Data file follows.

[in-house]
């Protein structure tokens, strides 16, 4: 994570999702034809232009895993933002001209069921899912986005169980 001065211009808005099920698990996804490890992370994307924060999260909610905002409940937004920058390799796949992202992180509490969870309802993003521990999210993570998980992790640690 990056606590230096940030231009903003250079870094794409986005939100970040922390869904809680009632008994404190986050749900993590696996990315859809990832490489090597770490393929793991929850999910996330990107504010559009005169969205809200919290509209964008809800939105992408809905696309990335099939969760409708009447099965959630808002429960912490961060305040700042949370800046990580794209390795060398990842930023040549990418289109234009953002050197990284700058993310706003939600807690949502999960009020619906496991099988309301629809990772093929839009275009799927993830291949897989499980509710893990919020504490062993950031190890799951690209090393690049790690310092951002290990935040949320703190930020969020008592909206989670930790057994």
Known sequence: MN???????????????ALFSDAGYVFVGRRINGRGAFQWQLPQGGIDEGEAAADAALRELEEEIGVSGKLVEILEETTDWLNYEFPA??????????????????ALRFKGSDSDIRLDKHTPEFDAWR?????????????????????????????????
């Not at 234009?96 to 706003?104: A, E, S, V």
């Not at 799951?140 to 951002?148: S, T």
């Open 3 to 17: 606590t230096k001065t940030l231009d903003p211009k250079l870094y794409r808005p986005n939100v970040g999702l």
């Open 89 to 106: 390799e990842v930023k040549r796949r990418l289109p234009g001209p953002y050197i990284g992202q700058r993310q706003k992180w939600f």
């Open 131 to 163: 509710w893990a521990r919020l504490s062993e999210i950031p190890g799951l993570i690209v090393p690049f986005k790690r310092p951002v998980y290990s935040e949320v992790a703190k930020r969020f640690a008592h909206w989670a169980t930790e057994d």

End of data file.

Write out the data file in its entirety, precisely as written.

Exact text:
[in-house]
């Protein structure tokens, strides 16, 4: 994570999702034809232009895993933002001209069921899912986005169980 001065211009808005099920698990996804490890992370994307924060999260909610905002409940937004920058390799796949992202992180509490969870309802993003521990999210993570998980992790640690 990056606590230096940030231009903003250079870094794409986005939100970040922390869904809680009632008994404190986050749900993590696996990315859809990832490489090597770490393929793991929850999910996330990107504010559009005169969205809200919290509209964008809800939105992408809905696309990335099939969760409708009447099965959630808002429960912490961060305040700042949370800046990580794209390795060398990842930023040549990418289109234009953002050197990284700058993310706003939600807690949502999960009020619906496991099988309301629809990772093929839009275009799927993830291949897989499980509710893990919020504490062993950031190890799951690209090393690049790690310092951002290990935040949320703190930020969020008592909206989670930790057994």
Known sequence: MN???????????????ALFSDAGYVFVGRRINGRGAFQWQLPQGGIDEGEAAADAALRELEEEIGVSGKLVEILEETTDWLNYEFPA??????????????????ALRFKGSDSDIRLDKHTPEFDAWR?????????????????????????????????
């Not at 234009?96 to 706003?104: A, E, S, V």
């Not at 799951?140 to 951002?148: S, T």
């Open 3 to 17: 606590t230096k001065t940030l231009d903003p211009k250079l870094y794409r808005p986005n939100v970040g999702l």
């Open 89 to 106: 390799e990842v930023k040549r796949r990418l289109p234009g001209p953002y050197i990284g992202q700058r993310q706003k992180w939600f």
């Open 131 to 163: 509710w893990a521990r919020l504490s062993e999210i950031p190890g799951l993570i690209v090393p690049f986005k790690r310092p951002v998980y290990s935040e949320v992790a703190k930020r969020f640690a008592h909206w989670a169980t930790e057994d």